Thanks to Net Galley and to Dogear publishing for providing me a free copy of this book in exchange for an honest review.
Choosing the point of view a story is written from must be one of the most difficult decisions, when it comes to writing. There are some books that one suspects may not have worked if written in any other way. And sometimes we wonder if others wouldn’t have worked better if someone else had told the story. And oh, the horror, the horror of the inconsistent point of view.
I have always been intrigued/fascinated by narrators. And that most interesting and talked about of all, the unreliable narrator. To my mind, even if you have the most detached of scientifically-minded experts telling you a story, there will always be something personal in the telling.
But like Adam Snow, the narrator of Madeleine’s Kiss, I digress. This novel is a first person narration; we could even call it a confession. Adam is a History of Art university professor. From the beginning we know he is on trial, and his trial has something to do with a girl he calls Madeleine (her real name is something we never get to know. Among many other things.)
The Madeleine the narrator tells us about is a fascinating creature. Perhaps deranged, with a huge imagination, or, as she believes, quite special. She is on a journey to try and find another woman, Rosa Lee, a long lost relative, and another fascinating character, whose story we only know through fragments, incomplete documents, and stories that might be real or not. How and why Adam gets involved in her journey forms much of the body of the story.
Adam’s voice is at times self-deprecating, at times defiant, but always fully aware of what others might think of his version of the story. He intersperses his recollections of the actions with comments about the past (as a justification for how and why he does things), about what is going on currently, and with works of art (his favourite artist is Georges Seurat) that open each chapter.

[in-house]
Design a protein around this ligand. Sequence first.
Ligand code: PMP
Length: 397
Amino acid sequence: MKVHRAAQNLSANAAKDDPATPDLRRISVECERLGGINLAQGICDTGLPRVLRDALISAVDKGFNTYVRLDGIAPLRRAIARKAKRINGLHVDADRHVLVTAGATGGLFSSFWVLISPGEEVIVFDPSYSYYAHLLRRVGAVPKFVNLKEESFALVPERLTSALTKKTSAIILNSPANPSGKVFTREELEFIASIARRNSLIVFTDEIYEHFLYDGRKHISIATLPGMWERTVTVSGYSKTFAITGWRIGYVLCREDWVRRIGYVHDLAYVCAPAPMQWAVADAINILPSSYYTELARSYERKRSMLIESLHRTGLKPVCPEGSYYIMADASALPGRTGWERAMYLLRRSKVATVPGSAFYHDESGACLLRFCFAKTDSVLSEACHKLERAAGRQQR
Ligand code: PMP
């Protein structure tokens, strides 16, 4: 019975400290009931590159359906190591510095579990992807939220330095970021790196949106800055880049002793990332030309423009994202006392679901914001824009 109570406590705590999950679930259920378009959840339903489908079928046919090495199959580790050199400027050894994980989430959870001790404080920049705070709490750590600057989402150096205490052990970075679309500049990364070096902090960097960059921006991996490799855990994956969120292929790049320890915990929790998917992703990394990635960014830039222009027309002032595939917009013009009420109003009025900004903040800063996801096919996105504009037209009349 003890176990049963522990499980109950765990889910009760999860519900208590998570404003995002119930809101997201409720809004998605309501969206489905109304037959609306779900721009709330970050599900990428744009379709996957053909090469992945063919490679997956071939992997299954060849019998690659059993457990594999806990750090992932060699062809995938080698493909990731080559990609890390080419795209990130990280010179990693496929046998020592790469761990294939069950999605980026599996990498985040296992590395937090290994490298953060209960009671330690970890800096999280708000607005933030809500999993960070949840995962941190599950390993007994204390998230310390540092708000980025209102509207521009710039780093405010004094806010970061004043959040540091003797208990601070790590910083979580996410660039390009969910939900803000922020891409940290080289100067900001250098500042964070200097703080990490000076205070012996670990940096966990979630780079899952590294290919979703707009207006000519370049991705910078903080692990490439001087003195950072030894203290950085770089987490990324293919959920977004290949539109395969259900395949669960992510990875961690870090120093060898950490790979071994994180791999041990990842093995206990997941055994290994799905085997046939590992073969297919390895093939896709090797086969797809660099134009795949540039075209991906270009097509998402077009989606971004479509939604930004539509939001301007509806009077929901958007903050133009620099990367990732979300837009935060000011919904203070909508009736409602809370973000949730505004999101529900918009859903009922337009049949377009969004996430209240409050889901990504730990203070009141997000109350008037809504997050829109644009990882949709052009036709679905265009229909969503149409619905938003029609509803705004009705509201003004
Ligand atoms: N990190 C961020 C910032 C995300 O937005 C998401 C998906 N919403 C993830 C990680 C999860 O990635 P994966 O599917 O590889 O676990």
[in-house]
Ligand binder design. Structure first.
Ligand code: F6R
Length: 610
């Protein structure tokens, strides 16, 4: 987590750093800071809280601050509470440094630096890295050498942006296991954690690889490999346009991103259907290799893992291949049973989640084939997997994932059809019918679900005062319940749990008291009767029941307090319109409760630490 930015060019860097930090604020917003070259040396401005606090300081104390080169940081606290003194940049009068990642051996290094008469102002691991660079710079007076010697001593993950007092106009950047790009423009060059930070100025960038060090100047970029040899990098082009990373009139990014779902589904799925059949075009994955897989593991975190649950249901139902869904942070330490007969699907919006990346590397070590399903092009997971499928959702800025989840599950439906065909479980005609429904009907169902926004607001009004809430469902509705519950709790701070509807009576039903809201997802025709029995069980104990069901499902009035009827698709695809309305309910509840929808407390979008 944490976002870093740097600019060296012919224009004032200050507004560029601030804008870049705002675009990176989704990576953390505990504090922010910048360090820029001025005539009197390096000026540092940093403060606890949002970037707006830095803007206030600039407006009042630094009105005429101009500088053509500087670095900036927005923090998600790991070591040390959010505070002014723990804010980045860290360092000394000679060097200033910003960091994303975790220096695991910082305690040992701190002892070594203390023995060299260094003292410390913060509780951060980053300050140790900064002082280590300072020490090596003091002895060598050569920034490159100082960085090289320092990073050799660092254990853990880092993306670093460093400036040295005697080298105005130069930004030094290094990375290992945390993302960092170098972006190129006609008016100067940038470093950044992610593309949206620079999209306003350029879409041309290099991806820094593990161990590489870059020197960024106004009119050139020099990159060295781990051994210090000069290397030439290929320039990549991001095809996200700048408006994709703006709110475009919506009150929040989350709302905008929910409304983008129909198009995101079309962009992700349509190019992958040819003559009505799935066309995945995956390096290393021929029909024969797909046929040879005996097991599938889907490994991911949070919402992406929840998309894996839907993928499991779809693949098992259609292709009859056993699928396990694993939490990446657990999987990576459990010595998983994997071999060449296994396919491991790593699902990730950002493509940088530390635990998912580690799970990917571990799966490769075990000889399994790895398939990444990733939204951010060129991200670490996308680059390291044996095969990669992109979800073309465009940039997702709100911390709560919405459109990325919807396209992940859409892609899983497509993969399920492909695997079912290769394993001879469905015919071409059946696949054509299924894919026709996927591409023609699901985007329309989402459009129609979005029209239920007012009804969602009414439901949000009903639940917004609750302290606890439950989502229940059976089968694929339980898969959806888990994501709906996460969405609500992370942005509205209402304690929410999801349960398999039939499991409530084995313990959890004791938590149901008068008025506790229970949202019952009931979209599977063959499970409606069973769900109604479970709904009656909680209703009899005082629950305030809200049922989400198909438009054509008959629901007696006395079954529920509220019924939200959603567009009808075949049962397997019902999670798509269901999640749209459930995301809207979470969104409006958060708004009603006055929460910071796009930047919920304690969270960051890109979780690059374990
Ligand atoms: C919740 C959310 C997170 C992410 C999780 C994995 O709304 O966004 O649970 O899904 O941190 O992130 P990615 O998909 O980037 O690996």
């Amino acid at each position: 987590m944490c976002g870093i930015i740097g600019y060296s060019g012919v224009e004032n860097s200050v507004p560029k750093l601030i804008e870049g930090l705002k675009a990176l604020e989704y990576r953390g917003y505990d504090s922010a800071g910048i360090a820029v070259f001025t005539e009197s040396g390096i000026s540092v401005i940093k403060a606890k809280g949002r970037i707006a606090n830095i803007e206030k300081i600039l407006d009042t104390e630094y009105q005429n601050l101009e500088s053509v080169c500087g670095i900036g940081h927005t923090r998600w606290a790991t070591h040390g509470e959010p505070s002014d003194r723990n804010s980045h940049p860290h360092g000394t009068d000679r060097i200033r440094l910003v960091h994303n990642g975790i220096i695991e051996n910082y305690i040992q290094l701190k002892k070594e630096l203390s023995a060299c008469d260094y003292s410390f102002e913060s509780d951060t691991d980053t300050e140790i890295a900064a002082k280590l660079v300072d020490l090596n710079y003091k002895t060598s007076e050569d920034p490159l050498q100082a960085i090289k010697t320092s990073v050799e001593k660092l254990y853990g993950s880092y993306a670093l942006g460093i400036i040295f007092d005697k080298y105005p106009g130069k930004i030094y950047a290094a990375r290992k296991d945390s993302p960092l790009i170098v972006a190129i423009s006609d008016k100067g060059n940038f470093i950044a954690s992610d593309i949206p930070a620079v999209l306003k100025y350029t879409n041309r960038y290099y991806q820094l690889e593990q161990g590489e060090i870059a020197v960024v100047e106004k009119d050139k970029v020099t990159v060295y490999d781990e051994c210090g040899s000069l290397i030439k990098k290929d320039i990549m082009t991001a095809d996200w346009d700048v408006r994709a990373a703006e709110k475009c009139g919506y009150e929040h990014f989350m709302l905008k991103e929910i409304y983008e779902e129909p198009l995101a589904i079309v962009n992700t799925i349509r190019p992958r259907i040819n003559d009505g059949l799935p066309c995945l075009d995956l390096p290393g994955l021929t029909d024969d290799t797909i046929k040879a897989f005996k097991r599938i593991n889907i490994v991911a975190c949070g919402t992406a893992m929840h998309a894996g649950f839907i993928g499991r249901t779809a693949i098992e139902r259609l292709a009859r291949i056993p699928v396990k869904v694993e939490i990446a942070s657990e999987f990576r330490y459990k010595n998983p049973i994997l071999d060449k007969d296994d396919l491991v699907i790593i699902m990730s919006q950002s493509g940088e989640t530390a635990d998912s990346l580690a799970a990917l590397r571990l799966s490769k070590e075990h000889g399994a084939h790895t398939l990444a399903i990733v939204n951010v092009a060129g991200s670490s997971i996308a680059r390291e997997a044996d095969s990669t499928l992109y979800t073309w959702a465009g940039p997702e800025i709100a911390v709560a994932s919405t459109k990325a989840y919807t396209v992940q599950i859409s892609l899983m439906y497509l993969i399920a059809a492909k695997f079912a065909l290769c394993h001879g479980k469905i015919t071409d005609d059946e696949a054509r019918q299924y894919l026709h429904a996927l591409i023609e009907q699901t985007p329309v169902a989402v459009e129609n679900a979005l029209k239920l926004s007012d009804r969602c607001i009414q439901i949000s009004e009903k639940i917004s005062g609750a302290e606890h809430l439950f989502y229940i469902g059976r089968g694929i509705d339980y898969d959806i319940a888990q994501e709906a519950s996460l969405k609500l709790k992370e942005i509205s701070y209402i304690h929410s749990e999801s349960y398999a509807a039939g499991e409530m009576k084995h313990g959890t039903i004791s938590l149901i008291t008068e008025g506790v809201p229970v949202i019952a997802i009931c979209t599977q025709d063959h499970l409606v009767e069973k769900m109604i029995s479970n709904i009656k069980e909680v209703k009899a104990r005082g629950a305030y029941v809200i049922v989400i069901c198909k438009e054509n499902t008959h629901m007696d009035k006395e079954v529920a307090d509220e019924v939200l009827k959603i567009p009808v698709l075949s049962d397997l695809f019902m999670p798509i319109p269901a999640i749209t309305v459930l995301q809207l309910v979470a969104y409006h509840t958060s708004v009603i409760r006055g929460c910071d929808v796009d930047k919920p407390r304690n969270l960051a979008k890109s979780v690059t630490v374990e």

Although Adam appears to be an example of the saying “those who can’t, teach”, he is enough of an artist to create a story, beautifully written, to justify his predicament. If we believe him or not it’s up to us, although perhaps ultimately irrelevant. He is not the most sympathetic of characters, but his way to tell the story intrigues us enough to makes us want to keep reading until the end.
The novel reminded me in certain ways of We Must Talk about Kevin although I felt much less personally involved and there is no final great revelation. And if the narrator in Kevin might be completely unaware of her biases (even manipulation) when telling the story, there is no doubt that Adam knows full well what the readers might think.
Peter Gilboy creates a fascinating novel where facts are the least important part of the story and where an artist is born, even if not, perhaps, a painter.
This is not a whodunit kind of thriller, but rather an imaginative novel, not fast-paced, but a great psychological portrayal and a game of cat-and-mouse, but not with the possible victim, but with the readers.
Peter Gilboy is an author to watch out for.